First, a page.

What is a Critical Incident?
Although your work is designed to “expect the unexpected,” a critical incident is usually an unscheduled, unplanned, and highly significant event that can often result in an injury – up to and including a fatality of an officer, suspect, arrested inmate, or a previously uninvolved civilian.
In order to be prepared if such an incident does occur, officers need to know exactly who to contact, what your rights are and that all processes are properly followed.
What to do if you are involved in a critical incident?
- Stabilize the scene – take custody of violent offenders if needed.
- Check the Officer(s) involved: Are there injuries? Summon medical assistance as needed. What is the mental state of the officer? Most important: Reassure the officer that help is coming.
- Beyond information given for officer’s safety, officers do not discuss the details of the incident with anyone.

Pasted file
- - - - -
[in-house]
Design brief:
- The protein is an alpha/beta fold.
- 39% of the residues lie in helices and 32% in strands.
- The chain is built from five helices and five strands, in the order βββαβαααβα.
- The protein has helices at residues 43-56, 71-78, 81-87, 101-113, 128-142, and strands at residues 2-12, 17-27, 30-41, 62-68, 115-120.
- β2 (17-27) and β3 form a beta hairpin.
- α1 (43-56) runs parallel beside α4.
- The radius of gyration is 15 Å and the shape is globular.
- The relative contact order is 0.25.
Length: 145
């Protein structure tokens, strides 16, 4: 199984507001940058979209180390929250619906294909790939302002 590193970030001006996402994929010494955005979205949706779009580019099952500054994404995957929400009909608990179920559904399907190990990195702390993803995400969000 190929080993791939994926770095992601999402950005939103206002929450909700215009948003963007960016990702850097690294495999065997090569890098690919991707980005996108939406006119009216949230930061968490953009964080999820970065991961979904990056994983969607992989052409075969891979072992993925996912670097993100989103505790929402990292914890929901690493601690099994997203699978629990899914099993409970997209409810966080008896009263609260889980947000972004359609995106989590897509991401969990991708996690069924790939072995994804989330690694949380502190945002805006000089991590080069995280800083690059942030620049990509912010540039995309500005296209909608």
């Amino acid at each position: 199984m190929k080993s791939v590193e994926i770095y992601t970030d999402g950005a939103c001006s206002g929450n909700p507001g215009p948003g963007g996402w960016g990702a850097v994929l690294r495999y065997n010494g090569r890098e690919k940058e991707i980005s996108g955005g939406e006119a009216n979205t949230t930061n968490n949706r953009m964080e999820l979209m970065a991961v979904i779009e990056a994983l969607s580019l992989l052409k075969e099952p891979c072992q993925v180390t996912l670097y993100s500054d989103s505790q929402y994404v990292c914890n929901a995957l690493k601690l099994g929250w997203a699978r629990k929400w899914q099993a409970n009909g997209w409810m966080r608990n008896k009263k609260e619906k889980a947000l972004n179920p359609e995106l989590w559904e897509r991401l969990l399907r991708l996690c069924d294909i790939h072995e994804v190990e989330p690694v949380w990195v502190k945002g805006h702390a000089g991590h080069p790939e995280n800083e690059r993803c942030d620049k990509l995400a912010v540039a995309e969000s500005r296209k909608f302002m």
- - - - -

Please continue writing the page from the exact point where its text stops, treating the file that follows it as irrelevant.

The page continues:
- Try to get the involved officer(s) to a place away from the incident, and from the public, and to a place of quiet.
- Notify your command staff, if dispatch has not already done so.
- Call your department steward or FOPLC Business Agent immediately.(517) 679-5090
- Anyone who asks the officer “What happened” now becomes a res gestae witness, and can be ordered to talk.
- Officers are protected by the Fifth Amendment and must invoke the right to remain silent until they have spoken to an attorney.
STAY WITH THE OFFICER – ALWAYS – until FOPLC representation arrives, or the matter is resolved via the telephone by the FOPLC. We represent the officer – not the scene of the critical incident. The officer’s representation is our most important – and only – duty.
Our obligation, in the immediate moments and hours after the critical incident, is to ensure that the officer is released from duty as soon as possible – gets medical or emotional help as soon as possible – and avoids spontaneous remarks that can be easily misunderstood or misinterpreted by the investigating agencies.
Communications by Cell Phones and Tablets
- If the Employer-Department owns the phone and pays the monthly subscription, all contents are accessible without a search warrant.
- If the union steward owns the cell phone or tablet, there is a right of private ownership. Again, however, there is no privilege to the contents of the device – they can be subpoenaed by either State or Federal prosecutors.